• Philip Thorek


In the early embryo a primitive neural groove extending along the dorsal surface is converted into a tube by the elevation and the fusion of the neural folds. The cranial end of the neural tube forms the brain; it expands and constricts to form a series of three communicating sacs which are the primary brain vesicles known as the forebrain (prosencephalon), the midbrain (mesencephalon) and the hindbrain (rhombencephalon), the last being continuous with the spinal medulla. The cavity of the tube thus formed subsequently becomes the ventricular system and the central canal of the spinal cord, and the walls of the tube become the nerve elements of the brain and the spinal cord. The forebrain becomes the cerebral hemispheres and the optic vesicles; the midbrain develops into the brain stem connecting the cerebrum with the pons and the cerebellum, and the hindbrain forms the cerebellum, the pons and the medulla oblongata.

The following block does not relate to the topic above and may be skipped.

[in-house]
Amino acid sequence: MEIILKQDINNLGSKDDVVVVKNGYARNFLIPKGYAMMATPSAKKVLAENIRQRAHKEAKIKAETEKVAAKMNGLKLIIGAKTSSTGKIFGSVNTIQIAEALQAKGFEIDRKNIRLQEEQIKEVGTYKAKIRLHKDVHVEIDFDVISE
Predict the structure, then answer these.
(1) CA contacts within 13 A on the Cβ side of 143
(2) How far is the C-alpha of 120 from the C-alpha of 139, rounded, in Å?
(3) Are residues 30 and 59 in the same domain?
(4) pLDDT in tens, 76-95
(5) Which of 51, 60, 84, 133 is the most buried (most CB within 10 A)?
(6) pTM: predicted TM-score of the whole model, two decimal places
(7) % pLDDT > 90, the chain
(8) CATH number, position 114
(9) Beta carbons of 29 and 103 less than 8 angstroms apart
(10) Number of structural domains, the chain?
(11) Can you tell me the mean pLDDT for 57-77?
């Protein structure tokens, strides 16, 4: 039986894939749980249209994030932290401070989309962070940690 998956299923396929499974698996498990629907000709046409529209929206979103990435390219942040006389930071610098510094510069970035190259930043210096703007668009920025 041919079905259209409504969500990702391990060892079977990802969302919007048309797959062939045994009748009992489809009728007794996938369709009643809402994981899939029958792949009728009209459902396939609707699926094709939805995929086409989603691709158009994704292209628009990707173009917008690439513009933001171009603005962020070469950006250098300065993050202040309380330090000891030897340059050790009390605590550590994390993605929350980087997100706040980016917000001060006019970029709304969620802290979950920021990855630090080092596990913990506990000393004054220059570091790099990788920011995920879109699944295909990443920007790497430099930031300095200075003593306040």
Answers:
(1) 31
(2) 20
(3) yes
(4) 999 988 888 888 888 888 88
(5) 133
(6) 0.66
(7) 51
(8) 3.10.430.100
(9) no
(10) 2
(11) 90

Cavernous Sinus Dura Mater Occipital Lobe Superior Sagittal Sinus Sella Turcica 
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Copyright information

© Springer-Verlag New York, Inc. 1985

Authors and Affiliations

  • Philip Thorek
    • 1
    • 2
    • 3
    • 4
  1. 1.Thorek Hospital and Medical CenterChicagoUSA
  2. 2.Cook County Graduate School of MedicineUSA
  3. 3.University of Illinois College of MedicineUSA
  4. 4.American College of Chest PhysiciansUSA

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